Not so Serious Side Effect – Too Much Reality (Television)

I have covered quite a few of the really serious side effects that I experienced. Now comes one that is a little harder to admit to having experienced. The funny thing is, I know I am not the only one who has had a similar issue! I won’t out that person, but I will tell you about me. I will admit, that prior to being diagnosed, I would dabble in a little Kardashian viewing, and That Guy and I were pretty into Big Brother during the summer as a standing tv date. That was my end of reality television though. I did not understand any of the Real Housewives shows, and would out and out tease a friend who watched them and talked to me like I had any idea what in the hell she was talking about. I will admit to watching a marathon of Bethany’s married or having a baby show or something once when I had a stomach virus. I never got into American Idol, Dancing with the Stars, or The Bachelor(ette) series. I was the girl who volunteered to go save seats at the bar during the Survivor finale in college. So very much not my thing is what I am getting at here.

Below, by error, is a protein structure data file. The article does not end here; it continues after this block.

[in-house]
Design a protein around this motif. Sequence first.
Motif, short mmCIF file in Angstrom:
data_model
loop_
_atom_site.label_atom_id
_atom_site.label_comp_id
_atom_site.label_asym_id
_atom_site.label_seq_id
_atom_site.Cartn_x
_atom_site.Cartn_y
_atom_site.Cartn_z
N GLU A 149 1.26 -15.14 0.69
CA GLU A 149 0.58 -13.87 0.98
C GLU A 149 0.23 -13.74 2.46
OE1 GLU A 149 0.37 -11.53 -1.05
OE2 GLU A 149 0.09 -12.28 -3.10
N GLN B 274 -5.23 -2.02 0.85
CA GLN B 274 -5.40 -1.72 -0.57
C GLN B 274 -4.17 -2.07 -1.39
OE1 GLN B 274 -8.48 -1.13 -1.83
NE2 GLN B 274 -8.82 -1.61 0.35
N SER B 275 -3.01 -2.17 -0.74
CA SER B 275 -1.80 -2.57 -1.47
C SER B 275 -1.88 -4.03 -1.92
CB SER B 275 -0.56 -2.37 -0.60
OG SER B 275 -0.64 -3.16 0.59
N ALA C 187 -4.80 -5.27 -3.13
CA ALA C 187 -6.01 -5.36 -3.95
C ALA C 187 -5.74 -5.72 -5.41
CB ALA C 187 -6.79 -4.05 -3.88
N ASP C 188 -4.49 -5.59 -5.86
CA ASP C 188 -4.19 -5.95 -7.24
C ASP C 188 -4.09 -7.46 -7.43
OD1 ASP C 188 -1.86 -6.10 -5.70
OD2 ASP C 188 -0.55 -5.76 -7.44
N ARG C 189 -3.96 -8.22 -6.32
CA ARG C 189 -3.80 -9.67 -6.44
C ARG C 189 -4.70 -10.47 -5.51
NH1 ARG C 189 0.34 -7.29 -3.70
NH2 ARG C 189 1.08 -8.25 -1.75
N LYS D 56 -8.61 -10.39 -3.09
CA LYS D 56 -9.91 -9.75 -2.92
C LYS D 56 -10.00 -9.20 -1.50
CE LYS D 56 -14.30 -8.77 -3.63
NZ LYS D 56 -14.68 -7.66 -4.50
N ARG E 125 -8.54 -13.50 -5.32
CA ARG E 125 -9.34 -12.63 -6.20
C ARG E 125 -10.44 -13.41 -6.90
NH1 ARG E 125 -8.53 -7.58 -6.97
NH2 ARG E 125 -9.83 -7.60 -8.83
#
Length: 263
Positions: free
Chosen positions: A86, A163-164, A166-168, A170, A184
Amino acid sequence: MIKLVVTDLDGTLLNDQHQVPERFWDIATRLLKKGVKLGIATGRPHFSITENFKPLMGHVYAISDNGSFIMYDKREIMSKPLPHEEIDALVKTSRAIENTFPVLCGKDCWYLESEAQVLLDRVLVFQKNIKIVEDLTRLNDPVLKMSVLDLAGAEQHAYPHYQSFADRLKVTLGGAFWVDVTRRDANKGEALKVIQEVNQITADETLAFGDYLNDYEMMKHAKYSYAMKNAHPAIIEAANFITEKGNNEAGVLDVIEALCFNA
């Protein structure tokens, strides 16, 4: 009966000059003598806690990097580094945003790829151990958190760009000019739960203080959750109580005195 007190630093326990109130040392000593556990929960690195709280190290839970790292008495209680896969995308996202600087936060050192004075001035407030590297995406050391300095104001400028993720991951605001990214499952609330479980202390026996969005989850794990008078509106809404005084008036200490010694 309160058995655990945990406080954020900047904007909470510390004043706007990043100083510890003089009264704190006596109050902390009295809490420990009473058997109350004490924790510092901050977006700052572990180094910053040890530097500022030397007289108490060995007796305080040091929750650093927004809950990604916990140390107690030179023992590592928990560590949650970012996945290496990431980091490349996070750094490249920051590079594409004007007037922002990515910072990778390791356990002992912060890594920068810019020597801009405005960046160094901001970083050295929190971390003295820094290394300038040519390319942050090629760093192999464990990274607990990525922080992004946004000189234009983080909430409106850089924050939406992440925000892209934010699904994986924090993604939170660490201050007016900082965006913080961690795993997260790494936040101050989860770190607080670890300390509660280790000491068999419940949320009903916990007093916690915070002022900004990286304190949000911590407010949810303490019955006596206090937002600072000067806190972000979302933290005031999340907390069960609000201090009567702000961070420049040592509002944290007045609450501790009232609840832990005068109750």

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Still Aching

So while I don’t publish posts “live” very often, for a bunch of reasons, I do try to keep the follow up and information on the same timeline as real life. Just maybe a few days later. Somedays I write them as it is happening and then let it sit. Then I come back and check it out and have That Guy give it a once over. It’s just how it works for me. The day after I had my last lupron shot, I wrote a little about what was going on. And it was published a couple days later. The fun did not end there.

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Achey Breaky Shots

Long story short, late last winter as things wound down, the question of long term treatment options really started to get going. My medical oncologist really wasn’t strongly opinionated on one option over the others, and I went for a “second opinion” even after he consulted with his team and another treatment facility. The decision was to, in part, start Lupron shots monthly for the five years per the protocol in the study and arm of that study that I fall into. That was late spring. Honestly, it was one of the “easier” options for me to go through. I show up and get a shot once a month and take a pill daily. No surgery. Study shows good long term outcomes.